Vincent doesn't travel to Montréal to give TLC to my training bikes (which are identical in set-up to my race bikes). I have to find ways to get the job done on my own. (Teamwork is a great thing; when you find yourself all alone, it sure pays to know how to be self sufficient.) I can fix a lot of things and tune a bike pretty well, but I'm lucky to have generous expert help from Martin Rooseboom Vélos in Hochelaga, and Cycles Néron help me with tuning and parts when I need it.
|Sporting the Martin Rooseboom Vélo (Hochelaga, Montréal) colours! Photo credit: Justin Knotzke|
1. Rinse the bike with a hose, starting from the TOP, front end, finishing at the bottom rear end. Top to bottom..it's important.
My @FeltBicycles getting washed after a wet race! #ksr2014 pic.twitter.com/NRC9EgmfOz2. Brush out the drive train and cassette with a stiff brislted paintbrush and harsh degreaser... Then rinse with water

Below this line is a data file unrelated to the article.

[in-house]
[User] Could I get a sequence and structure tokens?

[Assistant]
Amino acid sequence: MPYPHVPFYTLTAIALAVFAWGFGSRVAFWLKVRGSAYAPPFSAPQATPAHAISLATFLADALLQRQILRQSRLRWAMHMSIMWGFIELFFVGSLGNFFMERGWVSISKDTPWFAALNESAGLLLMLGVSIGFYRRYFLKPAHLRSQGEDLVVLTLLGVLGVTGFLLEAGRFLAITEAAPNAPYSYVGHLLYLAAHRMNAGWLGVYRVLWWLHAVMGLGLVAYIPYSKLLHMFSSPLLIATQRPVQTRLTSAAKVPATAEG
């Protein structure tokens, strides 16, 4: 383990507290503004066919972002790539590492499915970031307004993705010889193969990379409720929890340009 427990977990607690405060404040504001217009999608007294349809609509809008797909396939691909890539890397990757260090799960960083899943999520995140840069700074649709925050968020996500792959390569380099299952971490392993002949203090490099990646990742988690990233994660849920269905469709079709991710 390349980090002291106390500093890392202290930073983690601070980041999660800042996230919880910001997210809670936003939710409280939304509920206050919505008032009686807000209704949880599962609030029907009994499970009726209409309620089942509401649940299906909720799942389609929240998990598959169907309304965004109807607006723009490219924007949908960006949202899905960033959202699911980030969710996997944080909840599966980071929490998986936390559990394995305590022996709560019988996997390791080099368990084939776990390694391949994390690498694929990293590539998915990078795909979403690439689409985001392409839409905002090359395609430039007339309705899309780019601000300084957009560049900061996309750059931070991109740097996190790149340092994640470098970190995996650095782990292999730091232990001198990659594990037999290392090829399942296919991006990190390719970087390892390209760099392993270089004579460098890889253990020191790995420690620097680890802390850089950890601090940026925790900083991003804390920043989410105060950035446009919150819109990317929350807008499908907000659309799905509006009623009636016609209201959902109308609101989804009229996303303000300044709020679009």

— Lex Albrecht (@Lex_Albrecht) May 24, 2014
3. I picked up a brush made for detailing car wheels at a hardware store. It's big, soft, and holds a lot of suds and water. I use car soap or dish soap to wash down the frame and wheels. TOP to BOTTOM.
following a consult with @VincentMGee this is the brush I bought to wash my @FeltBicycles : pic.twitter.com/vxzrCZ9lRx
— Lex Albrecht (@Lex_Albrecht) June 13, 2014
4. Rinse the soap away, (top to bottom!) and let the frame dry
(If the bike isn't too grimy I get away with leaving the wheels on, and can finish in a few minutes. In other cases, I take them off to make sure to reach into the upper inside of the fork and the rear side of the seat tube.) Don't forget to re-lube the chain with a light, dry, chain oil.
Keep your bikes clean ;).